Leo marks reign in Spain with a gallery visit
Taoiseach fits in trip to view Picasso’s Guernica after meeting new Spanish PM
Spain’s Prime Minister Pedro Sanchez learned English in Dublin and once attended a Shamrock Rovers match, he told Taoiseach Leo Varadkar at their meeting in Madrid on Thursday. Photograph: REUTERS/Susana Vera
The Taoiseach marked his first anniversary in office by becoming the first EU leader to meet Spain’s new prime minister, Pedro Sánchez, during a visit to Madrid on Thursday.
The two had lunch at Mr Sánchez’s official residence, during which they discussed a range of issues affecting their countries, including Brexit, Catalan independence, the EU budget and migration.
There seemed to be a genuine warmth between the two men as they shook hands and exchanged pleasantries on the steps of the La Moncloa residence. Afterwards, the Taoiseach described it as “one of the warmest” meetings he has had as Irish leader.
He was also keen to point out that his counterpart had shared some fond Irish memories with him.
“I was delighted to learn he spent some time in Ireland learning English as a teenager in South County Dublin,” the Taoiseach said with a smile.
He added that Mr Sánchez had told him of his “fond memories attending a Shamrock Rovers game where they played Man United, so I’m delighted to know there’s a special connection with Ireland as I have with Spain as a regular visitor to this country.”
The Taoiseach indulged his interest in Spanish culture with a lightning trip to see Pablo Picasso’s Guernica in the Reina Sofía Museum, before meeting with members of the local and Irish business community at a reception in the Irish ambassador’s residence.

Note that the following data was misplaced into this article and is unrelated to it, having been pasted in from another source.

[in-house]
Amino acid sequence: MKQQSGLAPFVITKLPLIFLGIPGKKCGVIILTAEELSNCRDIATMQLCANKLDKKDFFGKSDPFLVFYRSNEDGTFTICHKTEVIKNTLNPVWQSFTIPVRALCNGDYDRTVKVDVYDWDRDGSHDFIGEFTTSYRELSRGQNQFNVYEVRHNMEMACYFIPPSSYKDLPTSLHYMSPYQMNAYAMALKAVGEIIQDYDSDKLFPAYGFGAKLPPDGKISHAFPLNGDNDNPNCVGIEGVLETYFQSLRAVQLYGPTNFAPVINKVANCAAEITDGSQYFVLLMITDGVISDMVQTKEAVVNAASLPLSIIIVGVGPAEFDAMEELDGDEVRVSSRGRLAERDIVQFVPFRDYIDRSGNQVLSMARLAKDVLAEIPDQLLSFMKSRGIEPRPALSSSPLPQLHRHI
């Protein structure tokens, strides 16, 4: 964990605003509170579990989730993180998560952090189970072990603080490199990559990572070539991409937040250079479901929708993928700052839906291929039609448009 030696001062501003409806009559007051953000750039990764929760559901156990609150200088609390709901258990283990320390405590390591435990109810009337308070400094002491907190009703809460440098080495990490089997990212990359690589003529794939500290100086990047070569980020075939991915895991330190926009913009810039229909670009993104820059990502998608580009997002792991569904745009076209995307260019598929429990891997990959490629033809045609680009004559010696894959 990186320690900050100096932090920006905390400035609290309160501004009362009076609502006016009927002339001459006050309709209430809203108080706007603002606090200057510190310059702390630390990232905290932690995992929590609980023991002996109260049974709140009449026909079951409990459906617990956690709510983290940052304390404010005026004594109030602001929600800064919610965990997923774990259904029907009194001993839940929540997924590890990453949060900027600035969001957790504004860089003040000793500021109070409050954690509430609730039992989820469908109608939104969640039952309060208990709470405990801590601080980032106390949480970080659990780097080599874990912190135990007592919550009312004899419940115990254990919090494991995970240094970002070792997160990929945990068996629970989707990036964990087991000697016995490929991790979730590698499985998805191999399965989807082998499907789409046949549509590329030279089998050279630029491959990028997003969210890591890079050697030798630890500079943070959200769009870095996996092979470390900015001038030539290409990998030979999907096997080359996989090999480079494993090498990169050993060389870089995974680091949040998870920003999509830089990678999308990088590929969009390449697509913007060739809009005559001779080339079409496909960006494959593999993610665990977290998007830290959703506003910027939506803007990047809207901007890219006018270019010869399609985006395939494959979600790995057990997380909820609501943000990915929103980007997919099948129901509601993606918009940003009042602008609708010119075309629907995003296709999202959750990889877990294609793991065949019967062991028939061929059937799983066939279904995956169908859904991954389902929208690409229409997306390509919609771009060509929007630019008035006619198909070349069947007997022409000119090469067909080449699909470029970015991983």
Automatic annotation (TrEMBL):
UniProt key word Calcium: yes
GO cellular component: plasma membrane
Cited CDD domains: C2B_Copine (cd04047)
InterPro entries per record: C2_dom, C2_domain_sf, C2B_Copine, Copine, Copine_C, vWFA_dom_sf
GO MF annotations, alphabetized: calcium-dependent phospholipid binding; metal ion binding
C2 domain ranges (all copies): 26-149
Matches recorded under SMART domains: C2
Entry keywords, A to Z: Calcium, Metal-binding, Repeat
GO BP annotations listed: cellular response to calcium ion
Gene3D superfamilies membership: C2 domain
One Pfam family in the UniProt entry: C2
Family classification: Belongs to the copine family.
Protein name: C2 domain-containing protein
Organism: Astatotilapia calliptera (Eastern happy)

The previous such top-level bilateral meeting was in Madrid in 2017, when Enda Kenny and Mariano Rajoy, close political allies, were leading their respective countries. Mr Sánchez (46) has been in the post less than two weeks, having unseated his predecessor with a no-confidence motion on June 1st that had been sparked by a slew of corruption scandals affecting Mr Rajoy’s conservatives.
As Mr Varadkar marks a year in office, Brexit tends to dominate his European agenda and after Thursday’s lunch he underlined his dissatisfaction at the state of the UK’s negotiations with the EU on its withdrawal.
“As things stand I can’t say that sufficient progress has been made,” he said, insisting that more headway before a European Council meeting later this month “will be necessary”.
He also sought to clarify comments he made to the Fine Gael parliamentary party earlier in the week to the effect that the “tectonic plates” of politics were shifting, which some interpreted as a claim that a united Ireland was becoming more feasible.
“While the tectonic plates may be shifting they shift slowly,” he said. “And our focus should be on other things, things that are going to happen over the next couple of years, such as Brexit and the absolute imperative that we have the assembly and executive up and running.”
He added: “I think talk about a united Ireland at the moment is unhelpful because it gets mixed up with talk about Brexit.”